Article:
Some one whispered:

"It's getting quite uncanny,"

Lilla's senses reached out to clench themselves upon the normality of her surroundings. But beneath that normality, that familiar solidity, her innate mysticism, her instinctive habit of foreboding, seemed to perceive a basis invisible yet similar—a solution, so to speak, from which material things and events were continually being evolved, the fluid containing all the elements of the crystalization. And this foreigner, with her idol-like face and meager, rigid body, her aspect of long acquaintance with the very essence of materiality, became the ageless oracle, the rewarder of humanity's incorrigible credulity. So, like the bejeweled princesses in the Mesopotamian temples, the Latin ladies who had crept trembling into the Aventine caves, the Renaissance beauties who, in the huts of witches, had turned whiter than their ruffs, Lilla remained motionless, her gaze fixed apprehensively on the clairvoyant.

The latter said:

"It will soon be plainer, for the moon is rising. No, what a nuisance! It is still very dark, because the moonlight is shut out by great masses of foliage, great tangles of vines. Such a place! Gigantic thickets, through which wild beasts are prowling, and above them the trunks of huge trees. Wait, I have found a path. It leads to a clearing in the midst of this forest. Here I can see much better. There are human beings here, and a feeling of sadness."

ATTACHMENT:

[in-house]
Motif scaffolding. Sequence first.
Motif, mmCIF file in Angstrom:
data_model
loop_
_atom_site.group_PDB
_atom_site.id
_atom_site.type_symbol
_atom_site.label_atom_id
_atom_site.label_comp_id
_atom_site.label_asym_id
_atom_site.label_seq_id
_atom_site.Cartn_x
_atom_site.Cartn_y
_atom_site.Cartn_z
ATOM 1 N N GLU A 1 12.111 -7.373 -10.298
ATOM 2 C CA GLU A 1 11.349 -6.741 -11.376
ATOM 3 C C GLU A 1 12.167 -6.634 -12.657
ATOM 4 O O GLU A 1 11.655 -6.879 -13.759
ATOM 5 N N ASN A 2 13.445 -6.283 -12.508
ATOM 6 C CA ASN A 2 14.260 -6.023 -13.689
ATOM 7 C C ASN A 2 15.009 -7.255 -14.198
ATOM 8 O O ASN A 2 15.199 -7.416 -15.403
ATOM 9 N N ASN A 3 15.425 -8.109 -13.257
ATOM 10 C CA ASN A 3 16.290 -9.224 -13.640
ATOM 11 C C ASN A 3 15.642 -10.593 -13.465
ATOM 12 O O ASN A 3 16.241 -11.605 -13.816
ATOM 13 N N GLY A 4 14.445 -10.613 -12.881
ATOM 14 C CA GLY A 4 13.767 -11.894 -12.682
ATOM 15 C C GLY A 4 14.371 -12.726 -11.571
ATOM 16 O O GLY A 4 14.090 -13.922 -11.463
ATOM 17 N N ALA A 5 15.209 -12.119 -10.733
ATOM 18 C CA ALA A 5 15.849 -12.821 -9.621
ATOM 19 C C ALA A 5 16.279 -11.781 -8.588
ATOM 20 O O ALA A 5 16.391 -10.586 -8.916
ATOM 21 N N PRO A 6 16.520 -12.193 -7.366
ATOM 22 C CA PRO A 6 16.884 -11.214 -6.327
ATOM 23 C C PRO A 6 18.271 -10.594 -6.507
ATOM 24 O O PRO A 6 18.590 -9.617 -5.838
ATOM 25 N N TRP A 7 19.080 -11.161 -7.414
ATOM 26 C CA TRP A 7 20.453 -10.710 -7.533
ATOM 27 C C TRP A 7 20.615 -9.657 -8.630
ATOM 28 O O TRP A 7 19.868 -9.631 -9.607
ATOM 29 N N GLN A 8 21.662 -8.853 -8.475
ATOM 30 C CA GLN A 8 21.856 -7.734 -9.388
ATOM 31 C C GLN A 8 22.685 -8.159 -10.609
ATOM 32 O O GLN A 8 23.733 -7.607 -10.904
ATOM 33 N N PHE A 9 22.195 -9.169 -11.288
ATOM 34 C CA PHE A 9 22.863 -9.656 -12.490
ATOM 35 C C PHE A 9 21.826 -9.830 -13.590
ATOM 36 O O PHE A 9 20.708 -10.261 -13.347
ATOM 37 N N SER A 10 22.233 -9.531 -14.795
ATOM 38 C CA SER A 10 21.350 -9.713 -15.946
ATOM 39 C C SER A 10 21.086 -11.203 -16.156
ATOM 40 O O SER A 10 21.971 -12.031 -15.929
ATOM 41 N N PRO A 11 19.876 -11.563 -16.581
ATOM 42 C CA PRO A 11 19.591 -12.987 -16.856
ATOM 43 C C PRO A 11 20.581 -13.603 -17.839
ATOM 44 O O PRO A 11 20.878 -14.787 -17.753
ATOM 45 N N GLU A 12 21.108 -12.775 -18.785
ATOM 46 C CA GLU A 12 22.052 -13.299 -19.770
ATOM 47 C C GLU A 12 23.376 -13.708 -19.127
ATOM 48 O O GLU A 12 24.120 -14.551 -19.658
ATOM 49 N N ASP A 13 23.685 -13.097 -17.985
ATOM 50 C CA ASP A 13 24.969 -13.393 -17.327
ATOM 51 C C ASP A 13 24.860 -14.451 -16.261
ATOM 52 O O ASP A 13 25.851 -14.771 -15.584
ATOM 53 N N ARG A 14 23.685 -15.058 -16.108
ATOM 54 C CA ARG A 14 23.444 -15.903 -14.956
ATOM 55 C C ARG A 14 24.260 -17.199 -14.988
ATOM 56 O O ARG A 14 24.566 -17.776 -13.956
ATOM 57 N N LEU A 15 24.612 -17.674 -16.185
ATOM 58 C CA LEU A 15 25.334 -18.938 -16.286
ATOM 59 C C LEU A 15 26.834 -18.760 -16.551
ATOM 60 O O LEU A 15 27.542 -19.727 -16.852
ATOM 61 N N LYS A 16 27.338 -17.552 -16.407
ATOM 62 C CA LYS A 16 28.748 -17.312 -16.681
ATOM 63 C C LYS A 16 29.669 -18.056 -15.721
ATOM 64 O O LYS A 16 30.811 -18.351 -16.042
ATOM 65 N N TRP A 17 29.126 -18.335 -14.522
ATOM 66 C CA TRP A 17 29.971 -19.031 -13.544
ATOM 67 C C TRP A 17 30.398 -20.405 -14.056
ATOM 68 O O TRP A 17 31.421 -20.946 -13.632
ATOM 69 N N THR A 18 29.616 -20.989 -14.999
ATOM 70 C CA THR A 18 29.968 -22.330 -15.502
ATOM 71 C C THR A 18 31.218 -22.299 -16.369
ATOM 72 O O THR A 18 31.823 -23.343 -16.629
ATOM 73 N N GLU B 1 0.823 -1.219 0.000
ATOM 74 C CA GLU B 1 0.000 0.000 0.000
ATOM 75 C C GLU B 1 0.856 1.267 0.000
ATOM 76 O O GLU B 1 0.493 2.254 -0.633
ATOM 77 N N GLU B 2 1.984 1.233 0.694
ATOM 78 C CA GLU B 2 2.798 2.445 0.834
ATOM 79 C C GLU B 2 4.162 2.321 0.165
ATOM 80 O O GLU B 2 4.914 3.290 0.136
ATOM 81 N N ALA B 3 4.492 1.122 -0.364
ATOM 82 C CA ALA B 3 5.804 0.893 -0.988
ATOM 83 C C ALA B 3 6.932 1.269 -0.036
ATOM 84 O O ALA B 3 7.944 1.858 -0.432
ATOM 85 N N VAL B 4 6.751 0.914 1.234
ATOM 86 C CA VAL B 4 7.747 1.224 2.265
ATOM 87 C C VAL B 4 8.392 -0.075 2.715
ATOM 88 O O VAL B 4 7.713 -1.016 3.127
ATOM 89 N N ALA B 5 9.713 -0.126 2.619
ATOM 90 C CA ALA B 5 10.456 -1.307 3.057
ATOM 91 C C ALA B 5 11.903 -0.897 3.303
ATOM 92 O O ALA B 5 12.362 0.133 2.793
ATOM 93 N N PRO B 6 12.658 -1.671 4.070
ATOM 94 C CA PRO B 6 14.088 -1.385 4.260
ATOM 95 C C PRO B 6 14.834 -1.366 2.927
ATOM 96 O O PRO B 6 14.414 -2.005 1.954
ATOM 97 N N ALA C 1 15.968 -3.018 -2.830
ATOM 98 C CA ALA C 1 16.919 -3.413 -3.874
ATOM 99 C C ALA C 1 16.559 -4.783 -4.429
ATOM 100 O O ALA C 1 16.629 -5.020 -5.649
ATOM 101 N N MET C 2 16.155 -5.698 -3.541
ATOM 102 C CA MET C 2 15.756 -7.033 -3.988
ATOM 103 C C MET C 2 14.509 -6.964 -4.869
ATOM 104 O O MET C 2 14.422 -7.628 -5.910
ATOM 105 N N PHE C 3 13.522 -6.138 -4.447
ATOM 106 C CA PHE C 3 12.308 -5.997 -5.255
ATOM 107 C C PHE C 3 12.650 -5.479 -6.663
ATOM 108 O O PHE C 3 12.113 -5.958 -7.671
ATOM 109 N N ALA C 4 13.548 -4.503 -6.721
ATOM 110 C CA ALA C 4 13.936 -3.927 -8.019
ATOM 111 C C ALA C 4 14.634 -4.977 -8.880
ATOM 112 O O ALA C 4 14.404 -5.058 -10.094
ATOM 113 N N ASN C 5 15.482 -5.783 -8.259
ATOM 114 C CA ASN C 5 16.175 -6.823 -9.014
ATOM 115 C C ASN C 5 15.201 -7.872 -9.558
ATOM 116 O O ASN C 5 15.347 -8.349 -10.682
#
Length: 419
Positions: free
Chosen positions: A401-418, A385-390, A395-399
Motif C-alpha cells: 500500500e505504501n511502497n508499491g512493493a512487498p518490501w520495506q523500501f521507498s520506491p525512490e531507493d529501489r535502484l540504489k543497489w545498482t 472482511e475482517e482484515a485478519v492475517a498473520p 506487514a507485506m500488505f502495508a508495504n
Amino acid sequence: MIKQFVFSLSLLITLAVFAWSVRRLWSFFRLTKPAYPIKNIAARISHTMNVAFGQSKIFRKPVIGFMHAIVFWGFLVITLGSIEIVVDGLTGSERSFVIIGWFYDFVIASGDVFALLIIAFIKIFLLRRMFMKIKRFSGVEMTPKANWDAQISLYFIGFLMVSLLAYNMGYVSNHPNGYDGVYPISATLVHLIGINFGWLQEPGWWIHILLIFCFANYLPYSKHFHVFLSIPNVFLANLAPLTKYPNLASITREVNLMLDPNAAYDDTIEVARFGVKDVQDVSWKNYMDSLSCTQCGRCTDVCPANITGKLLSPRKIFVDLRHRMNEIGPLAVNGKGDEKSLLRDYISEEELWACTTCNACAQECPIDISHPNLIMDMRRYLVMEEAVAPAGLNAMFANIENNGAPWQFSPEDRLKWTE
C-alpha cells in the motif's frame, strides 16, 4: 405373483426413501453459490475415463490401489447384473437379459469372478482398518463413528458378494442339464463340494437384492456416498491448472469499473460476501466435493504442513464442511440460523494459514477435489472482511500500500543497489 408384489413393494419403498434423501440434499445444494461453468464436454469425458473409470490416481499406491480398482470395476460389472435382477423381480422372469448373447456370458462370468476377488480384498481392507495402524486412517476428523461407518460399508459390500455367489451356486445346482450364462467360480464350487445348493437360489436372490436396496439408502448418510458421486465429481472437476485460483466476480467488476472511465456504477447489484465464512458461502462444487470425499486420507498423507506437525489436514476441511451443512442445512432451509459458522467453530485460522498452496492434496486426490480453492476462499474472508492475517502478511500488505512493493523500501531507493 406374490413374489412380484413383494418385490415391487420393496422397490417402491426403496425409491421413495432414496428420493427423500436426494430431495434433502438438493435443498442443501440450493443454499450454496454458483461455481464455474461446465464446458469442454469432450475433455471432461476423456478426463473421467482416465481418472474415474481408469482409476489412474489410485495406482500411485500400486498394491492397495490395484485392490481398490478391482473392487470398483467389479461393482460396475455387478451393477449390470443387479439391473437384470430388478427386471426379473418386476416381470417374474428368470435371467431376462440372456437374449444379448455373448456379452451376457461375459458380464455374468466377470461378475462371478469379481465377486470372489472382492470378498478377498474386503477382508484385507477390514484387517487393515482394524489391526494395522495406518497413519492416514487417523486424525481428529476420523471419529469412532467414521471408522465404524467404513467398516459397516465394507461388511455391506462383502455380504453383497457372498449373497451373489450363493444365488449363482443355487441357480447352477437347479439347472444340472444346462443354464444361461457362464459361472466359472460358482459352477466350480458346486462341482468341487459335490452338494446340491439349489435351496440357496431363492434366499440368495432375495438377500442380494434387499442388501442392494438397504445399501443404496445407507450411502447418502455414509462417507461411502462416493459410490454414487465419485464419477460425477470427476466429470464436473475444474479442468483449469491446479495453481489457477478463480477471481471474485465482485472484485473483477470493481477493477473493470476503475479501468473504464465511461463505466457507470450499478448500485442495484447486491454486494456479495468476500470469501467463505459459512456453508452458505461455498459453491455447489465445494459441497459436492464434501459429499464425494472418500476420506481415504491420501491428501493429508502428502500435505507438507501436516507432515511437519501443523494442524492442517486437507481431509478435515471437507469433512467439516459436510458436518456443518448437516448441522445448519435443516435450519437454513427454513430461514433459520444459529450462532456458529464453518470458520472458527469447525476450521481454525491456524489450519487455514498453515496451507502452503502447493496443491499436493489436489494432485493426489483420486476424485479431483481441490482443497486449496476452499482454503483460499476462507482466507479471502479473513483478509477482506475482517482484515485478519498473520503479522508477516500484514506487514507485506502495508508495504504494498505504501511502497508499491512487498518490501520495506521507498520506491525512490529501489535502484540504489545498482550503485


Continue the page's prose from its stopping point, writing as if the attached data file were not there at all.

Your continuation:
At a general stir, one of the ladies suggested nervously:

"Perhaps you'd better——"

But Madame Zanidov was saying:

"The people in the clearing are black savages. They sit round a body that is stretched on the ground and covered with a cloth. Is it the savages who are so sad? I think not. I cannot describe the one who lies in the midst of them. The cloth is drawn up to cover even his face. But I feel that it is some one who has loved you. He is dead. That is to say, he will be dead when the scene that I am describing is realized; but now he is alive——"

Lilla, raising her eyes, saw in the doorway, with Fanny Brassfield, a tall man, a stranger, whose countenance was aquiline and swarthy. It was Lawrence Teck, the explorer.


In the music room some musicians were playing a waltz; but Lilla and Lawrence Teck were walking on the terrace.

She said to herself, "This is a dream"; for she had come to believe that only in dreams did one realize, even in faint counterpart, one's deepest desires. She stood still. The world—this new world drenched in an unprecedented quality of moonlight—gradually became distinct. She gave him, through that veil of silvery beams, a long look of verification.

As in his picture he seemed at once rugged and fine, resolute and gentle. He was very quiet, like one who has willed to be so; but a certain shyness remained in him, and presently announced itself to her. Whereupon, remembering that she was beautiful, and that her beauty had a way of troubling men, Lilla felt her own timidity transmuted into joy.

"Are your jungles better than this?" she asked.